Does the public now have *any* encryption that works? Even if we can see the source code of the encryption algorithm the source code of the program employing that algorithm must be considered false. (TrueCrypt was the only program NSA complained about.) In the case of other software, it becomes believable the NSA has allowed to be published only source code that hides their changes, and the only way around that may be to check and compile the published code yourself. Half the public probably doesn't bother.

Okay, Slashdot, what do you think? Where do we stand? And what ought we to do about it?"

+ - Two Cities Ask the FCC to Preempt State Laws Banning Municipal Fiber Internet 2

Submitted by Jason Koebler
Jason Koebler (3528235) writes "Two cities—Chattanooga, Tennessee, and Wilson, North Carolina—have officially asked the federal government to help them bypass state laws banning them from expanding their community owned, gigabit fiber internet connections.
In states throughout the country, major cable and telecom companies have battled attempts to create community broadband networks, which they claim put them at a competitive disadvantage. The FCC will decide if its able to circumvent state laws that have been put in place restricting the practice."

Comment: Re:Advantages? (Score 1) 134

by sjames (#47525859) Attached to: Comcast Carrying 1Tbit/s of IPv6 Internet Traffic

With IPv6, a couple simple rules on a stateful firewall will give you exactly the same protection but without requiring packet rewriting. As a side benefit, you get lower latency and the router has less trouble under network load.

If manufacturers would set those rules by default, there would be no problems.

+ - How a solar storm two years ago nearly caused a catastrophe on Earth->

Submitted by schwit1
schwit1 (797399) writes "On July 23, 2012, the sun unleashed two massive clouds of plasma that barely missed a catastrophic encounter with the Earth’s atmosphere. These plasma clouds, known as coronal mass ejections (CMEs), comprised a solar storm thought to be the most powerful in at least 150 years.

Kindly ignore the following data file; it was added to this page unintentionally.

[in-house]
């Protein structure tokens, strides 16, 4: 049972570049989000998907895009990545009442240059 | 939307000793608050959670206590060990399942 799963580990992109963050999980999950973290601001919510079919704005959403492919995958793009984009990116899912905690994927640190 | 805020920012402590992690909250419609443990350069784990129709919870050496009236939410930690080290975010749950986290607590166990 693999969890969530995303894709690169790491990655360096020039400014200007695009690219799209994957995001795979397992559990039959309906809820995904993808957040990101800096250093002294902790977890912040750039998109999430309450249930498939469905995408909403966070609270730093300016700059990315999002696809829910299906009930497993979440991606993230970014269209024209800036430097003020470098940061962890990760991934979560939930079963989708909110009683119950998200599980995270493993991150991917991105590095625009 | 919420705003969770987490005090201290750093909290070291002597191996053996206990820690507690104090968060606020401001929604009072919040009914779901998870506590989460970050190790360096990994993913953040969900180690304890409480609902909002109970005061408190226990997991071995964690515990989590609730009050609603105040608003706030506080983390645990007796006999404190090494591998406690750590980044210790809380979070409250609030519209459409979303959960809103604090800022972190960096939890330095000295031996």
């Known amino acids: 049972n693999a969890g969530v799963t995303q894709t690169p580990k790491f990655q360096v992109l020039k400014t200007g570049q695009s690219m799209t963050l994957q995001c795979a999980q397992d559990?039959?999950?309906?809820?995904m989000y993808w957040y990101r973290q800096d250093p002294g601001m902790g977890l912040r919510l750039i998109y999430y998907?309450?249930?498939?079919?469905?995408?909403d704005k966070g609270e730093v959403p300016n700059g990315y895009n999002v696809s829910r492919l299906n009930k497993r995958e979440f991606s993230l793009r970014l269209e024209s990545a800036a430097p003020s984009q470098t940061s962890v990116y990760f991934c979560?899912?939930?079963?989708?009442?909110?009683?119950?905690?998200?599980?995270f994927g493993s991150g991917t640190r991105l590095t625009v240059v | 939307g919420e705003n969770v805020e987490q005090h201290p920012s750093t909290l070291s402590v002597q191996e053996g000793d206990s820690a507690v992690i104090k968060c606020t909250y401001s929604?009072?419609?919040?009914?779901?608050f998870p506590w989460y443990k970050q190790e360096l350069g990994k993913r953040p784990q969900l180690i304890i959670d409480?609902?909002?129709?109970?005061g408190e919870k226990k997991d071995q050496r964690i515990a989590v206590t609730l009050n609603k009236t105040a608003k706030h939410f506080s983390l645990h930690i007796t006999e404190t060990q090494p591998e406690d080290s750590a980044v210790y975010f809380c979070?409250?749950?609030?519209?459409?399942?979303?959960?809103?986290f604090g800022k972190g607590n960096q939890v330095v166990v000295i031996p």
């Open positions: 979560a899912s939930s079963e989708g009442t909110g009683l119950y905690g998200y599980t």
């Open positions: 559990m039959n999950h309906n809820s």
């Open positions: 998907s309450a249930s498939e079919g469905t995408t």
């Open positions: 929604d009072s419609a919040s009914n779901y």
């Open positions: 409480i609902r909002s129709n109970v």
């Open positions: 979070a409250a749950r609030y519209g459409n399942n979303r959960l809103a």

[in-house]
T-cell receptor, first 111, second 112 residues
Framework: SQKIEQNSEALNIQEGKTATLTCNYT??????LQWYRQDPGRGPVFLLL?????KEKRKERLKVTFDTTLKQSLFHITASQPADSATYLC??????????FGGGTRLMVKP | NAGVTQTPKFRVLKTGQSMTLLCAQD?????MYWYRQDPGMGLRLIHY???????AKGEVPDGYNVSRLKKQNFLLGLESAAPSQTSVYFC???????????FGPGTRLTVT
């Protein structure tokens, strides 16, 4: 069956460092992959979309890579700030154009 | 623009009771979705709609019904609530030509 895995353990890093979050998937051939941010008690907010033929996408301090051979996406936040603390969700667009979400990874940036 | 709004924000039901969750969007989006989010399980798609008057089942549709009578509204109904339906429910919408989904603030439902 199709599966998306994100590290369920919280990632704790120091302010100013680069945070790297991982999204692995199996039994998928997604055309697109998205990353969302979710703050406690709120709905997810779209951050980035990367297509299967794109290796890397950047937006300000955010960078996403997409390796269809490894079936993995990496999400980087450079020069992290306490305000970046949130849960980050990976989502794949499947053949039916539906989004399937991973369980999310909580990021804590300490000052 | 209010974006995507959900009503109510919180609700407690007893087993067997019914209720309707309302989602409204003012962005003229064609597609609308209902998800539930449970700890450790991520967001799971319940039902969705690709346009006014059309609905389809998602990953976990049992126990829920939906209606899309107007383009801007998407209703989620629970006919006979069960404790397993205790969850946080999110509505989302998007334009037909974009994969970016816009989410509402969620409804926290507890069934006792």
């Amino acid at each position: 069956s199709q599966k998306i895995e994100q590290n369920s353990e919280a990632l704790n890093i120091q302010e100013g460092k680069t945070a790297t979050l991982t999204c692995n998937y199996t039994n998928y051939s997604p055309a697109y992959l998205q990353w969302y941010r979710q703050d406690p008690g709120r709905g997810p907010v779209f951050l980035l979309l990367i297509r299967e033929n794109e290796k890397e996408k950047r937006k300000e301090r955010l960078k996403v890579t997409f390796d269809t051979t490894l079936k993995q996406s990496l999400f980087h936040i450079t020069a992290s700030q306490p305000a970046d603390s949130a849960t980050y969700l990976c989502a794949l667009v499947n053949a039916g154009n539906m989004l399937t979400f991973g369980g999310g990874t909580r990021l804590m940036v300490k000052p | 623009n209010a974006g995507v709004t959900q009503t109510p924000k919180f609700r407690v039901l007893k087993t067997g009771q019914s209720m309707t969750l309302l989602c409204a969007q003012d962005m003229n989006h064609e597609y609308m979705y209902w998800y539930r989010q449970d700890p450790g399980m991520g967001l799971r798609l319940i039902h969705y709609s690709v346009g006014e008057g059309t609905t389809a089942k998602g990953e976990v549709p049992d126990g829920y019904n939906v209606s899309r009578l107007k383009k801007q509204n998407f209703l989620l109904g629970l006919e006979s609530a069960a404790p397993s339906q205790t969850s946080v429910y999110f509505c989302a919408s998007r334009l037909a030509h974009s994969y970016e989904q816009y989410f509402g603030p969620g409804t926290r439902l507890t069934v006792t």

“If it had hit, we would still be picking up the pieces,” physicist Daniel Baker of the University of Colorado tells NASA. Fortunately, the blast site of the CMEs was not directed at Earth. Had this event occurred a week earlier when the point of eruption was Earth-facing, a potentially disastrous outcome would have unfolded.

Analysts believe that a direct hit could cause widespread power blackouts, disabling everything that plugs into a wall socket. Most people wouldn’t even be able to flush their toilet because urban water supplies largely rely on electric pumps. . . .

According to a study by the National Academy of Sciences, the total economic impact could exceed $2 trillion or 20 times greater than the costs of a Hurricane Katrina. Multi-ton transformers damaged by such a storm might take years to repair.

CWG’s Steve Tracton put it this way in his frightening overview of the risks of a severe solar storm: “The consequences could be devastating for commerce, transportation, agriculture and food stocks, fuel and water supplies, human health and medical facilities, national security, and daily life in general.”"
Link to Original Source

+ - Internet Explorer Vulnerabilities Increase 100%

Submitted by Anonymous Coward
An anonymous reader writes "Bromium Labs analyzed public vulnerabilities and exploits from the first six months of 2014. The research determined that Internet Explorer vulnerabilities have increased more than 100 percent since 2013 , surpassing Java and Flash vulnerabilities. Web browsers have always been a favorite avenue of attack, but we are now seeing that hackers are not only getting better at attacking Internet Explorer, they are doing it more frequently."

The bogosity meter just pegged.